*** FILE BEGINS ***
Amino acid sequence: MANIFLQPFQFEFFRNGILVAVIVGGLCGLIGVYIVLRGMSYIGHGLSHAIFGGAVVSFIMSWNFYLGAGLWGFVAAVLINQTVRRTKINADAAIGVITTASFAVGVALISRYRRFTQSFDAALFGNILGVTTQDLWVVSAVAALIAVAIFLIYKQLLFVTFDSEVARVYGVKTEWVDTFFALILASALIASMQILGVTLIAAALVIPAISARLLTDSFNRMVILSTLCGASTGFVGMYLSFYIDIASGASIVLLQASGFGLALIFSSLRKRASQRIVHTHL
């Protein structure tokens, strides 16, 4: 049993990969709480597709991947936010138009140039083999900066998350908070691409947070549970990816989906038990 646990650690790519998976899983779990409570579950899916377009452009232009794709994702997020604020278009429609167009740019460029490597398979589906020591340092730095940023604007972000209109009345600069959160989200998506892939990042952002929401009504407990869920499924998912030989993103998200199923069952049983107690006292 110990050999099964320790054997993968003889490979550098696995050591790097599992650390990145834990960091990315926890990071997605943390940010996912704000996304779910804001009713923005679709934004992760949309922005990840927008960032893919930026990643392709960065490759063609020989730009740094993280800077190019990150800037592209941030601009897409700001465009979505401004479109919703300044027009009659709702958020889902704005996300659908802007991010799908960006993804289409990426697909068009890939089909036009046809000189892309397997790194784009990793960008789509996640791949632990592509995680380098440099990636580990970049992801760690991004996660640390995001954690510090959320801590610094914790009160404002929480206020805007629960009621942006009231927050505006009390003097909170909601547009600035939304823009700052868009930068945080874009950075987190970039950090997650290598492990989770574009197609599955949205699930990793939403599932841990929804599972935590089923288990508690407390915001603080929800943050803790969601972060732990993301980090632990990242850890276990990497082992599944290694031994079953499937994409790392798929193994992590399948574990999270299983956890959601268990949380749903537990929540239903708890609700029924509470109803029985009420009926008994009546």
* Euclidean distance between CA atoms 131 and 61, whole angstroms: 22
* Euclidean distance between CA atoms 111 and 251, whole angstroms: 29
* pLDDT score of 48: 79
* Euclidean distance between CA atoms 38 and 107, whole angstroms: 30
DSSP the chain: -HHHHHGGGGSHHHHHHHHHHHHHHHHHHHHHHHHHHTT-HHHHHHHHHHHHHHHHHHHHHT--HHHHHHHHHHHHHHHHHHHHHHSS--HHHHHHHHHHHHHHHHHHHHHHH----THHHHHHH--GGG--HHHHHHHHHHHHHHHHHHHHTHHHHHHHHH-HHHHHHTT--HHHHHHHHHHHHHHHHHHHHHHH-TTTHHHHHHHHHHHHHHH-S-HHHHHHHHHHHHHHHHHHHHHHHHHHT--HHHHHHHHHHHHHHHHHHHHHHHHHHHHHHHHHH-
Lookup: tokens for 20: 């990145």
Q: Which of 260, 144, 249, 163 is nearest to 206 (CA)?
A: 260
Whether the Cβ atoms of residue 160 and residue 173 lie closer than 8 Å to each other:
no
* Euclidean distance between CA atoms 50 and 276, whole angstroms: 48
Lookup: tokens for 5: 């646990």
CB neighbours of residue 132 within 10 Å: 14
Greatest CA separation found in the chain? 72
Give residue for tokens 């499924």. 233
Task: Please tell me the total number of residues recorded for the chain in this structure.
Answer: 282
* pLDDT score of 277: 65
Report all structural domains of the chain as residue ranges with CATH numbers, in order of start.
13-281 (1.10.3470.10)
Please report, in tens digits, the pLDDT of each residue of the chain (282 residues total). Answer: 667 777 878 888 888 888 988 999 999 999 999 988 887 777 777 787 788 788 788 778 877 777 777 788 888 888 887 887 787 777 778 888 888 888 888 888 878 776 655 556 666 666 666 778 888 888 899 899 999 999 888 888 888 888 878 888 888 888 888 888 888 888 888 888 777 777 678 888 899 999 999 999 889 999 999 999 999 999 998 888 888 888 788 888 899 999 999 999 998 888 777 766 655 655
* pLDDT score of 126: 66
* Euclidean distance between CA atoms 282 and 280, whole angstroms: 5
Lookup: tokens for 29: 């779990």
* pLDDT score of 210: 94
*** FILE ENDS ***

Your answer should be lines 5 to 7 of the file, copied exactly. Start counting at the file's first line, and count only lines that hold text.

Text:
* pLDDT score of 48: 79
* Euclidean distance between CA atoms 38 and 107, whole angstroms: 30
DSSP the chain: -HHHHHGGGGSHHHHHHHHHHHHHHHHHHHHHHHHHHTT-HHHHHHHHHHHHHHHHHHHHHT--HHHHHHHHHHHHHHHHHHHHHHSS--HHHHHHHHHHHHHHHHHHHHHHH----THHHHHHH--GGG--HHHHHHHHHHHHHHHHHHHHTHHHHHHHHH-HHHHHHTT--HHHHHHHHHHHHHHHHHHHHHHH-TTTHHHHHHHHHHHHHHH-S-HHHHHHHHHHHHHHHHHHHHHHHHHHT--HHHHHHHHHHHHHHHHHHHHHHHHHHHHHHHHHH-